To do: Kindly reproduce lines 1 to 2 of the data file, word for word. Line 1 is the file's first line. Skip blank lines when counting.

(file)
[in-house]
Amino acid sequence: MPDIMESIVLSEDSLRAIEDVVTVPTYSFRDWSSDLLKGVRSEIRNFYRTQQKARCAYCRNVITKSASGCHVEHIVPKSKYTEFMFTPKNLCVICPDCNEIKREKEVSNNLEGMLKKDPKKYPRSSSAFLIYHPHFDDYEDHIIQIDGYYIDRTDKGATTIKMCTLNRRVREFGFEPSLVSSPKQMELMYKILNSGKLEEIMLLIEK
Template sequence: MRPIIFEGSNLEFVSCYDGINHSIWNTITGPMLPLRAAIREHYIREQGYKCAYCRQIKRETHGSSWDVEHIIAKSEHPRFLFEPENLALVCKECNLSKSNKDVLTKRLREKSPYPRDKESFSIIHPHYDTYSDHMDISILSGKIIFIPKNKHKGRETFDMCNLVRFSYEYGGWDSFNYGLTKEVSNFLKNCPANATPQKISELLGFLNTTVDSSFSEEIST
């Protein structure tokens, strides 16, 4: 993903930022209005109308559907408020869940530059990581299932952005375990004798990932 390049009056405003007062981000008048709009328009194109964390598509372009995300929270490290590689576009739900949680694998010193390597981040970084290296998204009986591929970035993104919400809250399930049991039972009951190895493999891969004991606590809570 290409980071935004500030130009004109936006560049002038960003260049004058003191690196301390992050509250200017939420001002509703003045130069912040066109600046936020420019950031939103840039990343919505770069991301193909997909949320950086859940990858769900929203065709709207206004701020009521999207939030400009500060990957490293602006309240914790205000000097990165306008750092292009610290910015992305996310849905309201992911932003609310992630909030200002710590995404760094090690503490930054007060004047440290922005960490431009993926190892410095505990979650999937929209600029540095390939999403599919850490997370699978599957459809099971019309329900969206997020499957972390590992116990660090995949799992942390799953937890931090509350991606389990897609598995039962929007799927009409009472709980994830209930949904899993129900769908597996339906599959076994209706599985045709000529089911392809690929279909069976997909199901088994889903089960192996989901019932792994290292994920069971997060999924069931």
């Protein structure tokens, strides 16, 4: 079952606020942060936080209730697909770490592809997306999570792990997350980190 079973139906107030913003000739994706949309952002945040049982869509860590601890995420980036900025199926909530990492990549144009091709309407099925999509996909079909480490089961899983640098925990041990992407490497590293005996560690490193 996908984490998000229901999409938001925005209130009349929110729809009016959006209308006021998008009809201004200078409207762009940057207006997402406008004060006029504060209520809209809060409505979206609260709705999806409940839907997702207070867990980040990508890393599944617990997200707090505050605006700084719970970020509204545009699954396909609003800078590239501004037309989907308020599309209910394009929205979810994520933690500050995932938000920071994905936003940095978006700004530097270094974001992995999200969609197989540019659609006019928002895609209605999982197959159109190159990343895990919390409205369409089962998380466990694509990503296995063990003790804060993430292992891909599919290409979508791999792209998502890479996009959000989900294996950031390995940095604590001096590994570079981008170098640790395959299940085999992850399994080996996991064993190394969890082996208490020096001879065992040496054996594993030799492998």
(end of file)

[in-house]
Amino acid sequence: MPDIMESIVLSEDSLRAIEDVVTVPTYSFRDWSSDLLKGVRSEIRNFYRTQQKARCAYCRNVITKSASGCHVEHIVPKSKYTEFMFTPKNLCVICPDCNEIKREKEVSNNLEGMLKKDPKKYPRSSSAFLIYHPHFDDYEDHIIQIDGYYIDRTDKGATTIKMCTLNRRVREFGFEPSLVSSPKQMELMYKILNSGKLEEIMLLIEK